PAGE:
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Vacuum Not Holding

Wobbly007 on Sun September 09, 2012 5:18 PM User is offline

Year: 1992
Make: Honda
Model: Accord
Refrigerant Type: R-134a
Country of Origin: United States

Just replaced the expansion valve and receiver-drier. Pulled a vacuum for about half an hour. The manifold gauges are pegged with the pump running, but drop down to near zero in a few minutes after the pump is shut off. The evaporator case was full of leaves and in a lapse of judgement I sprayed the coil with a water hose without plugging the open lines. I let the evaporator case out in the sun for a few hours and then ran compressed air through the evaporator to purge the water and contaminated oil. I then added 10 ml of PAG oil to the evaporator. New o-rings were installed at evaporator, expansion valve, and receiver.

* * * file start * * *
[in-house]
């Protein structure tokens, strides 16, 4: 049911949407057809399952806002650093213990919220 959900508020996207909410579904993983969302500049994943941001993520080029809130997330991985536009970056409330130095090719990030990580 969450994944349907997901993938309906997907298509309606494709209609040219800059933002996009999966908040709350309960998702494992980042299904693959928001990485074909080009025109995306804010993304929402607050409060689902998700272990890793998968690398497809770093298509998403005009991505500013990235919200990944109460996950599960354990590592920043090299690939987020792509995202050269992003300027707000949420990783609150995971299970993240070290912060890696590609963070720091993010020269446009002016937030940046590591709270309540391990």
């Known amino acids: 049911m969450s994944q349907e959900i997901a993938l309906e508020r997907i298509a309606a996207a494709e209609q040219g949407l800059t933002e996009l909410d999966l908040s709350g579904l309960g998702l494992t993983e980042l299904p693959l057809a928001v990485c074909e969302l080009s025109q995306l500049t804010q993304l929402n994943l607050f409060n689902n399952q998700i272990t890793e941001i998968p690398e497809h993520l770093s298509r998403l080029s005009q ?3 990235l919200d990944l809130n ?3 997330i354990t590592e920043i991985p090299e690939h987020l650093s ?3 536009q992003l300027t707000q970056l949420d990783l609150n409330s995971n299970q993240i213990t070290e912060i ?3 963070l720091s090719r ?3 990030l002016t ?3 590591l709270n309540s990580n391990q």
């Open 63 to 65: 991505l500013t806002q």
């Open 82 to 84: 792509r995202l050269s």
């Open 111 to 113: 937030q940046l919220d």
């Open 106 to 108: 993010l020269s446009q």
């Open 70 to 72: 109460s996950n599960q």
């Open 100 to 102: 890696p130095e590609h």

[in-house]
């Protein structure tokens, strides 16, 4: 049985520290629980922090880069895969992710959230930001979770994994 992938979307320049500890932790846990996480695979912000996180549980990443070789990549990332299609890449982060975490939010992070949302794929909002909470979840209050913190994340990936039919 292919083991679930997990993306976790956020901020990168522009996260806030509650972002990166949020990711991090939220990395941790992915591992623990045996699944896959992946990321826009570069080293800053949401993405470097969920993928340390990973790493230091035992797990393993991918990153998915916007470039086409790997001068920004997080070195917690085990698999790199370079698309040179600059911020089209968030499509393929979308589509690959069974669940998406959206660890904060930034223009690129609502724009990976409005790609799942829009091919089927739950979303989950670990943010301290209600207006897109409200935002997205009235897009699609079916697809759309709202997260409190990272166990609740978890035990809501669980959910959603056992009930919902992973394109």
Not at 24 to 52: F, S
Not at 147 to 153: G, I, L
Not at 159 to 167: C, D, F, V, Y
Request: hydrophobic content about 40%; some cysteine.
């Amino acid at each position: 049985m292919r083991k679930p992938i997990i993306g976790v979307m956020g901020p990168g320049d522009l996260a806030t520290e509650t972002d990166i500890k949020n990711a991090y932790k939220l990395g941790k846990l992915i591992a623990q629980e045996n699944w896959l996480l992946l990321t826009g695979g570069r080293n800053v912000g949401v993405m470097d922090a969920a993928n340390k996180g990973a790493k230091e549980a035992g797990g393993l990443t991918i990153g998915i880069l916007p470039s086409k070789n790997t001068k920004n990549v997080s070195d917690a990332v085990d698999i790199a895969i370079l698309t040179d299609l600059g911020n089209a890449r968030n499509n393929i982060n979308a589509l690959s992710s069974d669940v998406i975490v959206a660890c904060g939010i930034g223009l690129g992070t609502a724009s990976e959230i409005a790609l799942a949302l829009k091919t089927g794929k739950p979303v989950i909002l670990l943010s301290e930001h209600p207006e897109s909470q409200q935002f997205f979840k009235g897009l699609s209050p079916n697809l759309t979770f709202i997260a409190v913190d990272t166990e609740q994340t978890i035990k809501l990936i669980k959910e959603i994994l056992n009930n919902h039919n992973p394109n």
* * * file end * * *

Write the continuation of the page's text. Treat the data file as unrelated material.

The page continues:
There's a steady stream of vapor in the pump exhaust with the ballast valve open.

Will running the vacuum pump for a longer time eventually result in clear exhaust stream and a dry system which holds a vacuum?

mk378 on Sun September 09, 2012 6:08 PM User is offline

If it were just water contamination, the vacuum wouldn't drop all the way to zero. There is a leak. Testing under pressure should reveal it especially if it is under the hood and not one of the connections in the evaporator box.

Edited: Sun September 09, 2012 at 6:10 PM by mk378

Wobbly007 on Sun September 09, 2012 7:48 PM User is offline

The manifold set was disconnected from the system and then evacuated fully. After the manifold valves were closed the gauges leaked down rapidly.
What's a good way to find the leak?


Edited: Mon September 10, 2012 at 7:43 AM by Wobbly007

Wobbly007 on Tue September 11, 2012 9:08 PM User is offline

Problem was the gauge manifold push-on couplers. When 150 psi nitrogen was applied to the system, I could hear the couplers leaking. Looked like they couldn't be repaired, so I bought a set of Santech replacements for a hefty price.

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